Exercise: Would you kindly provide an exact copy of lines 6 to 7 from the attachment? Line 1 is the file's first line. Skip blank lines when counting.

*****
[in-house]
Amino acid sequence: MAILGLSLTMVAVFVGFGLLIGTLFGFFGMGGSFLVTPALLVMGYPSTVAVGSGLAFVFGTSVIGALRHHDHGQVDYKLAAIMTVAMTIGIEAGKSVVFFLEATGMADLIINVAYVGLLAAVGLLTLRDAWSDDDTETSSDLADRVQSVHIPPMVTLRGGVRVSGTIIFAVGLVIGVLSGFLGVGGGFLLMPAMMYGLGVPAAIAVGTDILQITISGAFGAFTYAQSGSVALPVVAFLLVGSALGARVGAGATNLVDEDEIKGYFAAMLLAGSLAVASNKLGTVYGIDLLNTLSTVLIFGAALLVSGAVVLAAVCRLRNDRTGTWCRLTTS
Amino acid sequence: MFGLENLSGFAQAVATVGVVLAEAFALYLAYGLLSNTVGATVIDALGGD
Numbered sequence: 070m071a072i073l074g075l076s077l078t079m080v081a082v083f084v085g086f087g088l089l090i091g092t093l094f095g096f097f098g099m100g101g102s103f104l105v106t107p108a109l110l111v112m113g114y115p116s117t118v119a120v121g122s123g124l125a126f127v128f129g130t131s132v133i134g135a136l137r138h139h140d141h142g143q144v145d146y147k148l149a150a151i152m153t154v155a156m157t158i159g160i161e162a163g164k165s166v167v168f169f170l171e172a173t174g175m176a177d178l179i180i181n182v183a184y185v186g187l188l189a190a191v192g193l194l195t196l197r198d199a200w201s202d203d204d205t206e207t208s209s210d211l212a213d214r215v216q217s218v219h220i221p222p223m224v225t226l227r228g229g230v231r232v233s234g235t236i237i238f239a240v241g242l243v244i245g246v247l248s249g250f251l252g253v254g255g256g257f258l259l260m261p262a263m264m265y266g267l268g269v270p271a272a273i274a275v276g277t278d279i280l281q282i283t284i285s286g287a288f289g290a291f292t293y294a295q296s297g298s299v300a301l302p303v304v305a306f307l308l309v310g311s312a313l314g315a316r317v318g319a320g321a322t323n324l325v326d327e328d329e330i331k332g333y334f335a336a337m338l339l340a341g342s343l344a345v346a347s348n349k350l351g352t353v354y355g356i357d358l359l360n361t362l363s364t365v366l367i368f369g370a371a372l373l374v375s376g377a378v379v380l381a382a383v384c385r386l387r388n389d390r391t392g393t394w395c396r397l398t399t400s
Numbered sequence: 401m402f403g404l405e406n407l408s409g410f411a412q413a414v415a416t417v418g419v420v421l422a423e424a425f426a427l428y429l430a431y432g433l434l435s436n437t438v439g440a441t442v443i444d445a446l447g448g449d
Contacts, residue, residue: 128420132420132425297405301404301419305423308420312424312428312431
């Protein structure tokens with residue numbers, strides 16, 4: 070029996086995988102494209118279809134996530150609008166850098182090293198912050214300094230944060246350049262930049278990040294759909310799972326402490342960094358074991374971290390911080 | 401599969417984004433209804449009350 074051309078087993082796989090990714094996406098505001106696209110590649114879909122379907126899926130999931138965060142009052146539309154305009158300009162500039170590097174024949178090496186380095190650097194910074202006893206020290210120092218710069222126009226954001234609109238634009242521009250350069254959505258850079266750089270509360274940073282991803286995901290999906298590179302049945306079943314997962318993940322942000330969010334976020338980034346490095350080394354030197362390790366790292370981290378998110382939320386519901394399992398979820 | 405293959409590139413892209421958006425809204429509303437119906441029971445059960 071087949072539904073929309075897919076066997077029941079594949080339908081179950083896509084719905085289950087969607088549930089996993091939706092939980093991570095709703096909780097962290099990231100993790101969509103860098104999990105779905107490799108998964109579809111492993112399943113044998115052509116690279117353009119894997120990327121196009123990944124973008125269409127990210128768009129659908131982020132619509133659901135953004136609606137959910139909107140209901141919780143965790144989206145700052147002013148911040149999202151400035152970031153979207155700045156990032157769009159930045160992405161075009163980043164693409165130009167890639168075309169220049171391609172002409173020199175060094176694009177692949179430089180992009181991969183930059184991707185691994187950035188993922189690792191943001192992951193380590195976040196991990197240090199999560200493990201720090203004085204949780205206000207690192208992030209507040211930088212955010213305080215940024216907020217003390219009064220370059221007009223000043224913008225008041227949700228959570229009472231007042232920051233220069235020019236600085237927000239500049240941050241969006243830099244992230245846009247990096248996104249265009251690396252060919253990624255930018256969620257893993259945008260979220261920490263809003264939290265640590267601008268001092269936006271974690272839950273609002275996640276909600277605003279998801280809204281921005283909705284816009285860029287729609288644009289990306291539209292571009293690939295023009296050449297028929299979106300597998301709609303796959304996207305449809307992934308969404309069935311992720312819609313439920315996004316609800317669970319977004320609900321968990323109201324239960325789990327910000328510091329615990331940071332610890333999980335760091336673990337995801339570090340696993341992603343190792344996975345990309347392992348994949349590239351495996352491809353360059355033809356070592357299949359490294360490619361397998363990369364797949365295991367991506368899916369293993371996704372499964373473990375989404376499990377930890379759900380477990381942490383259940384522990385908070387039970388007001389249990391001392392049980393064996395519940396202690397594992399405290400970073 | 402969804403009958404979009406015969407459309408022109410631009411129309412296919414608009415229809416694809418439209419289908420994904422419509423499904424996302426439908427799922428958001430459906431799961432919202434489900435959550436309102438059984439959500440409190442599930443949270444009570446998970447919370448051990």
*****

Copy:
Contacts, residue, residue: 128420132420132425297405301404301419305423308420312424312428312431
């Protein structure tokens with residue numbers, strides 16, 4: 070029996086995988102494209118279809134996530150609008166850098182090293198912050214300094230944060246350049262930049278990040294759909310799972326402490342960094358074991374971290390911080 | 401599969417984004433209804449009350 074051309078087993082796989090990714094996406098505001106696209110590649114879909122379907126899926130999931138965060142009052146539309154305009158300009162500039170590097174024949178090496186380095190650097194910074202006893206020290210120092218710069222126009226954001234609109238634009242521009250350069254959505258850079266750089270509360274940073282991803286995901290999906298590179302049945306079943314997962318993940322942000330969010334976020338980034346490095350080394354030197362390790366790292370981290378998110382939320386519901394399992398979820 | 405293959409590139413892209421958006425809204429509303437119906441029971445059960 071087949072539904073929309075897919076066997077029941079594949080339908081179950083896509084719905085289950087969607088549930089996993091939706092939980093991570095709703096909780097962290099990231100993790101969509103860098104999990105779905107490799108998964109579809111492993112399943113044998115052509116690279117353009119894997120990327121196009123990944124973008125269409127990210128768009129659908131982020132619509133659901135953004136609606137959910139909107140209901141919780143965790144989206145700052147002013148911040149999202151400035152970031153979207155700045156990032157769009159930045160992405161075009163980043164693409165130009167890639168075309169220049171391609172002409173020199175060094176694009177692949179430089180992009181991969183930059184991707185691994187950035188993922189690792191943001192992951193380590195976040196991990197240090199999560200493990201720090203004085204949780205206000207690192208992030209507040211930088212955010213305080215940024216907020217003390219009064220370059221007009223000043224913008225008041227949700228959570229009472231007042232920051233220069235020019236600085237927000239500049240941050241969006243830099244992230245846009247990096248996104249265009251690396252060919253990624255930018256969620257893993259945008260979220261920490263809003264939290265640590267601008268001092269936006271974690272839950273609002275996640276909600277605003279998801280809204281921005283909705284816009285860029287729609288644009289990306291539209292571009293690939295023009296050449297028929299979106300597998301709609303796959304996207305449809307992934308969404309069935311992720312819609313439920315996004316609800317669970319977004320609900321968990323109201324239960325789990327910000328510091329615990331940071332610890333999980335760091336673990337995801339570090340696993341992603343190792344996975345990309347392992348994949349590239351495996352491809353360059355033809356070592357299949359490294360490619361397998363990369364797949365295991367991506368899916369293993371996704372499964373473990375989404376499990377930890379759900380477990381942490383259940384522990385908070387039970388007001389249990391001392392049980393064996395519940396202690397594992399405290400970073 | 402969804403009958404979009406015969407459309408022109410631009411129309412296919414608009415229809416694809418439209419289908420994904422419509423499904424996302426439908427799922428958001430459906431799961432919202434489900435959550436309102438059984439959500440409190442599930443949270444009570446998970447919370448051990």